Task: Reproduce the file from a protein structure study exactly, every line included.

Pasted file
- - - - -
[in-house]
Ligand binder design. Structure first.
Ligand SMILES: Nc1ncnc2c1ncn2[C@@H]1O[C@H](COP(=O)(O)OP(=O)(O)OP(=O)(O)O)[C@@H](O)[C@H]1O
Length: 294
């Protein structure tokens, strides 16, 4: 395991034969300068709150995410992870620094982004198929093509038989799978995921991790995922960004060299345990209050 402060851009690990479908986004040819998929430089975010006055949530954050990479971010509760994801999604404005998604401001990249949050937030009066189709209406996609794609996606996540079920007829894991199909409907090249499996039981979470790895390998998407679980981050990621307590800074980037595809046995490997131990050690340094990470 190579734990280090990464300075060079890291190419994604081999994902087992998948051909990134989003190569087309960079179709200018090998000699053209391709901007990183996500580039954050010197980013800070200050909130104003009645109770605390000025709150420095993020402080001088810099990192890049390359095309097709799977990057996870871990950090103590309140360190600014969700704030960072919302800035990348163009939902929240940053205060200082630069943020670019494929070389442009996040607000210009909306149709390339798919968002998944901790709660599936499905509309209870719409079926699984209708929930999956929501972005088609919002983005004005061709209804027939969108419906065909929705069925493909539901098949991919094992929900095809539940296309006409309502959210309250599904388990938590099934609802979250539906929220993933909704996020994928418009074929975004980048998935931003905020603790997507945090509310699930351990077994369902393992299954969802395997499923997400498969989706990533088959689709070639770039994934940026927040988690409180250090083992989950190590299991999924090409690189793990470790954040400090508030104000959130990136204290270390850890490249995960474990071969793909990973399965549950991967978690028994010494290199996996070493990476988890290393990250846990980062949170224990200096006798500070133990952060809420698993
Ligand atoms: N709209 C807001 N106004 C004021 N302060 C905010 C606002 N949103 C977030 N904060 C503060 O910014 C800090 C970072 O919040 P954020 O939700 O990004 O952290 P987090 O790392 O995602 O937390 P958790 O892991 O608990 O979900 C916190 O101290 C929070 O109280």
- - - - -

[in-house]
Ligand binder design. Structure first.
Ligand SMILES: Nc1ncnc2c1ncn2[C@@H]1O[C@H](COP(=O)(O)OP(=O)(O)OP(=O)(O)O)[C@@H](O)[C@H]1O
Length: 294
């Protein structure tokens, strides 16, 4: 395991034969300068709150995410992870620094982004198929093509038989799978995921991790995922960004060299345990209050 402060851009690990479908986004040819998929430089975010006055949530954050990479971010509760994801999604404005998604401001990249949050937030009066189709209406996609794609996606996540079920007829894991199909409907090249499996039981979470790895390998998407679980981050990621307590800074980037595809046995490997131990050690340094990470 190579734990280090990464300075060079890291190419994604081999994902087992998948051909990134989003190569087309960079179709200018090998000699053209391709901007990183996500580039954050010197980013800070200050909130104003009645109770605390000025709150420095993020402080001088810099990192890049390359095309097709799977990057996870871990950090103590309140360190600014969700704030960072919302800035990348163009939902929240940053205060200082630069943020670019494929070389442009996040607000210009909306149709390339798919968002998944901790709660599936499905509309209870719409079926699984209708929930999956929501972005088609919002983005004005061709209804027939969108419906065909929705069925493909539901098949991919094992929900095809539940296309006409309502959210309250599904388990938590099934609802979250539906929220993933909704996020994928418009074929975004980048998935931003905020603790997507945090509310699930351990077994369902393992299954969802395997499923997400498969989706990533088959689709070639770039994934940026927040988690409180250090083992989950190590299991999924090409690189793990470790954040400090508030104000959130990136204290270390850890490249995960474990071969793909990973399965549950991967978690028994010494290199996996070493990476988890290393990250846990980062949170224990200096006798500070133990952060809420698993
Ligand atoms: N709209 C807001 N106004 C004021 N302060 C905010 C606002 N949103 C977030 N904060 C503060 O910014 C800090 C970072 O919040 P954020 O939700 O990004 O952290 P987090 O790392 O995602 O937390 P958790 O892991 O608990 O979900 C916190 O101290 C929070 O109280």